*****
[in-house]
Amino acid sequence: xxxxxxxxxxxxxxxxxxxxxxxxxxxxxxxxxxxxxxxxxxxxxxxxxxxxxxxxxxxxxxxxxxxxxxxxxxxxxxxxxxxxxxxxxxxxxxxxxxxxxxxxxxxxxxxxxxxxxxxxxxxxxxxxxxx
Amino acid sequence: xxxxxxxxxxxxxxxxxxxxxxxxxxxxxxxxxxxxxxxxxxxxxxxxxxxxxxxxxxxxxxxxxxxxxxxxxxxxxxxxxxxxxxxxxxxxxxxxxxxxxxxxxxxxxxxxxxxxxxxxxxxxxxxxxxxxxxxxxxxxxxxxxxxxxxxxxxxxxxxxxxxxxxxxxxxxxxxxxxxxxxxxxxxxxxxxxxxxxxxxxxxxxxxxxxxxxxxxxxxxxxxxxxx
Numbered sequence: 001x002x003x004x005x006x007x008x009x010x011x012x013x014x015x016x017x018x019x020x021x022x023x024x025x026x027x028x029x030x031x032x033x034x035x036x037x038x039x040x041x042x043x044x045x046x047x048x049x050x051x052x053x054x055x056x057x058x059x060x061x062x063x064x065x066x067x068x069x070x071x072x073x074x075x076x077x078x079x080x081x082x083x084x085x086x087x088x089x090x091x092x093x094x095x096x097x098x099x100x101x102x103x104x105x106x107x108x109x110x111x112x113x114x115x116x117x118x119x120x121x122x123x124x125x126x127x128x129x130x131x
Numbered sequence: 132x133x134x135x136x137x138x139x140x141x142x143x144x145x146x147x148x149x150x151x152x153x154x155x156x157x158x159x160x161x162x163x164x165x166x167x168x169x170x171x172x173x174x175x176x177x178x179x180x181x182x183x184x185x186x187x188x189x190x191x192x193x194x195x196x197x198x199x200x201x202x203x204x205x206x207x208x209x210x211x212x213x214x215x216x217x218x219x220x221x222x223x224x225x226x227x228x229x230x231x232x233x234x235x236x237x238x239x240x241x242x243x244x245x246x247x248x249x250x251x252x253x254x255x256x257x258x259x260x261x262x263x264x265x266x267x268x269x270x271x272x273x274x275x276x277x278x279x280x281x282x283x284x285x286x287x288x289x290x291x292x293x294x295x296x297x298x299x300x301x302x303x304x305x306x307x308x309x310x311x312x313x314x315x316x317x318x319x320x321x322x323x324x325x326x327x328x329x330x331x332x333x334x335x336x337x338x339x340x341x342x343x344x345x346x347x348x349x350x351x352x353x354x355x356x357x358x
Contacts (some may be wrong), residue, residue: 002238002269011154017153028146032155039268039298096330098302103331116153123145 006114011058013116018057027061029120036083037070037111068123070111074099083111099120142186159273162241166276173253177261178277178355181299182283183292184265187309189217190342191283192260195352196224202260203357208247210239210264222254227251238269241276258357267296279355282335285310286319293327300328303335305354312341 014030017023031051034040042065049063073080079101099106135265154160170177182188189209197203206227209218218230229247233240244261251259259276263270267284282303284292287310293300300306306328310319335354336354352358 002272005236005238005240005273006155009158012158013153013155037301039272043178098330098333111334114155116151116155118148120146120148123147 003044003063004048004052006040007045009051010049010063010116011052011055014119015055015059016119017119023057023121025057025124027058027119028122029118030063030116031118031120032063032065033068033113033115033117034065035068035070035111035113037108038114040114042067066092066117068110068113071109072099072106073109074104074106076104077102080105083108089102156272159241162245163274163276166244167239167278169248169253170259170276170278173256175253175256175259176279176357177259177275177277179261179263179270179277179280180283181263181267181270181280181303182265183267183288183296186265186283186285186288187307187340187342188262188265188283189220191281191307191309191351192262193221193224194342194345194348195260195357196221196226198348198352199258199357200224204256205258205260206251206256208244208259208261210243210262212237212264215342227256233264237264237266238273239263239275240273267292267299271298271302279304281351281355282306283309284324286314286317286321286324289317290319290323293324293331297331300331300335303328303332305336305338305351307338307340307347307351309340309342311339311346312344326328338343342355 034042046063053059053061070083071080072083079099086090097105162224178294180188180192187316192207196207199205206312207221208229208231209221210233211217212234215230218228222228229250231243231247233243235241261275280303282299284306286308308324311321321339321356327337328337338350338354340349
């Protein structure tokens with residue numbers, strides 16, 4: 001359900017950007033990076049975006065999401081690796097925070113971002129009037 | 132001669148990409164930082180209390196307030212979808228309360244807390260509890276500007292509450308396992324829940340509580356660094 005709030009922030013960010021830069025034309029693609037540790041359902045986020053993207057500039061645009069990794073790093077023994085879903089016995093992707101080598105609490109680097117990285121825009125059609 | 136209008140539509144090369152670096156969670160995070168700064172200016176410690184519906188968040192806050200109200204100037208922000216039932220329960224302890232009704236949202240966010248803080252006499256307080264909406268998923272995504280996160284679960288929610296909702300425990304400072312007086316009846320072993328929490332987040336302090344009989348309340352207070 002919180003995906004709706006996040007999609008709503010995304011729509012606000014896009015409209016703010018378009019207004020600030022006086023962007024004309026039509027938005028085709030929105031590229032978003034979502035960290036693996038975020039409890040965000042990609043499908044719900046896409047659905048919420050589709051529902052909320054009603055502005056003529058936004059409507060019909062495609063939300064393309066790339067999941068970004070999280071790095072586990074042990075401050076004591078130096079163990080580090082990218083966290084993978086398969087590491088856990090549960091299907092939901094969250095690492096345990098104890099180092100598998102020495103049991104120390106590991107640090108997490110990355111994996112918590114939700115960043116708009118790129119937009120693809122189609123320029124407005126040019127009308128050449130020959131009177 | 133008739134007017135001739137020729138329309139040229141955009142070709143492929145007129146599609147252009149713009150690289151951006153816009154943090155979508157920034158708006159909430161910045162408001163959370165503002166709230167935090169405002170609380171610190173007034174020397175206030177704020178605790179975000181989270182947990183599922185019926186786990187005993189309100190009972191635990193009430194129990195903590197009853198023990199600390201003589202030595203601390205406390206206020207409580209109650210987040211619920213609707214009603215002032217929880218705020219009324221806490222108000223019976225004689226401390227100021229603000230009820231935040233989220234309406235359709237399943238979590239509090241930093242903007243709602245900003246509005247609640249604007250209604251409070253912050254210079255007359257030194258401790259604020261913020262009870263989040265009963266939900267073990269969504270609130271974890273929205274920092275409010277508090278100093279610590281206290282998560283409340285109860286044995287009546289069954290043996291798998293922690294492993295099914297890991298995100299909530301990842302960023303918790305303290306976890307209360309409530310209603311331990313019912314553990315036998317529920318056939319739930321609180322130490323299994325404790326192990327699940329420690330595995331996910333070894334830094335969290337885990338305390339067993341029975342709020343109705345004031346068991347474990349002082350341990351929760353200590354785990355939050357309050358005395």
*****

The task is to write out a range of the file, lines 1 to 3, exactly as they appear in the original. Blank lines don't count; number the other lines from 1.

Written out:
[in-house]
Amino acid sequence: xxxxxxxxxxxxxxxxxxxxxxxxxxxxxxxxxxxxxxxxxxxxxxxxxxxxxxxxxxxxxxxxxxxxxxxxxxxxxxxxxxxxxxxxxxxxxxxxxxxxxxxxxxxxxxxxxxxxxxxxxxxxxxxxxxx
Amino acid sequence: xxxxxxxxxxxxxxxxxxxxxxxxxxxxxxxxxxxxxxxxxxxxxxxxxxxxxxxxxxxxxxxxxxxxxxxxxxxxxxxxxxxxxxxxxxxxxxxxxxxxxxxxxxxxxxxxxxxxxxxxxxxxxxxxxxxxxxxxxxxxxxxxxxxxxxxxxxxxxxxxxxxxxxxxxxxxxxxxxxxxxxxxxxxxxxxxxxxxxxxxxxxxxxxxxxxxxxxxxxxxxxxxxxx